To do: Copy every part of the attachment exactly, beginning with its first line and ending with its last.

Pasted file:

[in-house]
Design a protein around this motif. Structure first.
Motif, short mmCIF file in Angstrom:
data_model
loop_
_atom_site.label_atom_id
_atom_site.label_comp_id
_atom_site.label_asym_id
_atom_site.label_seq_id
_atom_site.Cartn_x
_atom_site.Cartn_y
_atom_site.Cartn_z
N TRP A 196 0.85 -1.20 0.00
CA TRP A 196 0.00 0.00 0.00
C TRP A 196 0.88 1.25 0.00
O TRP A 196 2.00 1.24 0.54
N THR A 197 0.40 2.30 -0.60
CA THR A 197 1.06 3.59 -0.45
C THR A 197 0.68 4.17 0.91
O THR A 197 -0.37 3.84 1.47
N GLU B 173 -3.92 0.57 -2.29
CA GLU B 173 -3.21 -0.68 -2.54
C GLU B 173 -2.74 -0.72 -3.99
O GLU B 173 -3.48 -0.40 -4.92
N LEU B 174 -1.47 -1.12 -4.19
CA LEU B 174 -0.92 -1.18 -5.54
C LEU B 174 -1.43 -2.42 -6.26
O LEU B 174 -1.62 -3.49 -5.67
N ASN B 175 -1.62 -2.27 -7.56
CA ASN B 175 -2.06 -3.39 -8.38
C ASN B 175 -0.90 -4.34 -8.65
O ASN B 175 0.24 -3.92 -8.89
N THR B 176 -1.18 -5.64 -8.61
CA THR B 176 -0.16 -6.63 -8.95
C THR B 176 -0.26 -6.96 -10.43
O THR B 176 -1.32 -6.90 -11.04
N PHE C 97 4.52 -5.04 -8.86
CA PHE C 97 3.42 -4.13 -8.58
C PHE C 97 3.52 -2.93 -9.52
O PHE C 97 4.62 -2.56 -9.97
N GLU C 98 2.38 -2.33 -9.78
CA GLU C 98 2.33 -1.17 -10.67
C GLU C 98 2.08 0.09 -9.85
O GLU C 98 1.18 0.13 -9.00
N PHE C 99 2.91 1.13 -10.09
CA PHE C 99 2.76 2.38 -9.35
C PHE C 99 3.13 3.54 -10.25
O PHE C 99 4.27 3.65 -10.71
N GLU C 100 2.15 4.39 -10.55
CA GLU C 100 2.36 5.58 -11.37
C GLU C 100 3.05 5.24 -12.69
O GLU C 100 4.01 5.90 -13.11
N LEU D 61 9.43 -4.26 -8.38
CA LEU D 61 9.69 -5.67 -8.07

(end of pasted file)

[in-house]
Design a protein around this motif. Structure first.
Motif, short mmCIF file in Angstrom:
data_model
loop_
_atom_site.label_atom_id
_atom_site.label_comp_id
_atom_site.label_asym_id
_atom_site.label_seq_id
_atom_site.Cartn_x
_atom_site.Cartn_y
_atom_site.Cartn_z
N TRP A 196 0.85 -1.20 0.00
CA TRP A 196 0.00 0.00 0.00
C TRP A 196 0.88 1.25 0.00
O TRP A 196 2.00 1.24 0.54
N THR A 197 0.40 2.30 -0.60
CA THR A 197 1.06 3.59 -0.45
C THR A 197 0.68 4.17 0.91
O THR A 197 -0.37 3.84 1.47
N GLU B 173 -3.92 0.57 -2.29
CA GLU B 173 -3.21 -0.68 -2.54
C GLU B 173 -2.74 -0.72 -3.99
O GLU B 173 -3.48 -0.40 -4.92
N LEU B 174 -1.47 -1.12 -4.19
CA LEU B 174 -0.92 -1.18 -5.54
C LEU B 174 -1.43 -2.42 -6.26
O LEU B 174 -1.62 -3.49 -5.67
N ASN B 175 -1.62 -2.27 -7.56
CA ASN B 175 -2.06 -3.39 -8.38
C ASN B 175 -0.90 -4.34 -8.65
O ASN B 175 0.24 -3.92 -8.89
N THR B 176 -1.18 -5.64 -8.61
CA THR B 176 -0.16 -6.63 -8.95
C THR B 176 -0.26 -6.96 -10.43
O THR B 176 -1.32 -6.90 -11.04
N PHE C 97 4.52 -5.04 -8.86
CA PHE C 97 3.42 -4.13 -8.58
C PHE C 97 3.52 -2.93 -9.52
O PHE C 97 4.62 -2.56 -9.97
N GLU C 98 2.38 -2.33 -9.78
CA GLU C 98 2.33 -1.17 -10.67
C GLU C 98 2.08 0.09 -9.85
O GLU C 98 1.18 0.13 -9.00
N PHE C 99 2.91 1.13 -10.09
CA PHE C 99 2.76 2.38 -9.35
C PHE C 99 3.13 3.54 -10.25
O PHE C 99 4.27 3.65 -10.71
N GLU C 100 2.15 4.39 -10.55
CA GLU C 100 2.36 5.58 -11.37
C GLU C 100 3.05 5.24 -12.69
O GLU C 100 4.01 5.90 -13.11
N LEU D 61 9.43 -4.26 -8.38
CA LEU D 61 9.69 -5.67 -8.07